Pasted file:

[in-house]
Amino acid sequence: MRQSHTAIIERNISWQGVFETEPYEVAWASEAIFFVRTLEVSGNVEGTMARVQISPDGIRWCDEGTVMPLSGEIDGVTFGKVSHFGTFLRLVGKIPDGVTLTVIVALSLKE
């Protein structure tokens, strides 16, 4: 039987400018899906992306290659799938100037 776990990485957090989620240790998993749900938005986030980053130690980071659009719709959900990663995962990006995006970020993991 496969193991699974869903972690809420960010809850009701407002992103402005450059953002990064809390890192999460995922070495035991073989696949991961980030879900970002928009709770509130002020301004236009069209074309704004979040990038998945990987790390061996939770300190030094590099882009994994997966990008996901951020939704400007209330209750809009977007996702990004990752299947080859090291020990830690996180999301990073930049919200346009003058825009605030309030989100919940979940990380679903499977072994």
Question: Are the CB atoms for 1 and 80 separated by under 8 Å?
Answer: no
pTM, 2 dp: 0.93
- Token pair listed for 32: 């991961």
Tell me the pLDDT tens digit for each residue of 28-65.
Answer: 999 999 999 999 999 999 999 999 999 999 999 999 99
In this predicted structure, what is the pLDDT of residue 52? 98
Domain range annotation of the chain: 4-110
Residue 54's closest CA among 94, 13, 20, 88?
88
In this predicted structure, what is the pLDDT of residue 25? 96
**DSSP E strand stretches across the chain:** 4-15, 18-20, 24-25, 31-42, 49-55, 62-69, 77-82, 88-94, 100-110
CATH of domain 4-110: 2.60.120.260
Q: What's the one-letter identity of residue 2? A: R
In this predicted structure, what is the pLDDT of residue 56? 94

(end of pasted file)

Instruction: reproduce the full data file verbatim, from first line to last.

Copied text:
[in-house]
Amino acid sequence: MRQSHTAIIERNISWQGVFETEPYEVAWASEAIFFVRTLEVSGNVEGTMARVQISPDGIRWCDEGTVMPLSGEIDGVTFGKVSHFGTFLRLVGKIPDGVTLTVIVALSLKE
């Protein structure tokens, strides 16, 4: 039987400018899906992306290659799938100037 776990990485957090989620240790998993749900938005986030980053130690980071659009719709959900990663995962990006995006970020993991 496969193991699974869903972690809420960010809850009701407002992103402005450059953002990064809390890192999460995922070495035991073989696949991961980030879900970002928009709770509130002020301004236009069209074309704004979040990038998945990987790390061996939770300190030094590099882009994994997966990008996901951020939704400007209330209750809009977007996702990004990752299947080859090291020990830690996180999301990073930049919200346009003058825009605030309030989100919940979940990380679903499977072994």
Question: Are the CB atoms for 1 and 80 separated by under 8 Å?
Answer: no
pTM, 2 dp: 0.93
- Token pair listed for 32: 């991961």
Tell me the pLDDT tens digit for each residue of 28-65.
Answer: 999 999 999 999 999 999 999 999 999 999 999 999 99
In this predicted structure, what is the pLDDT of residue 52? 98
Domain range annotation of the chain: 4-110
Residue 54's closest CA among 94, 13, 20, 88?
88
In this predicted structure, what is the pLDDT of residue 25? 96
**DSSP E strand stretches across the chain:** 4-15, 18-20, 24-25, 31-42, 49-55, 62-69, 77-82, 88-94, 100-110
CATH of domain 4-110: 2.60.120.260
Q: What's the one-letter identity of residue 2? A: R
In this predicted structure, what is the pLDDT of residue 56? 94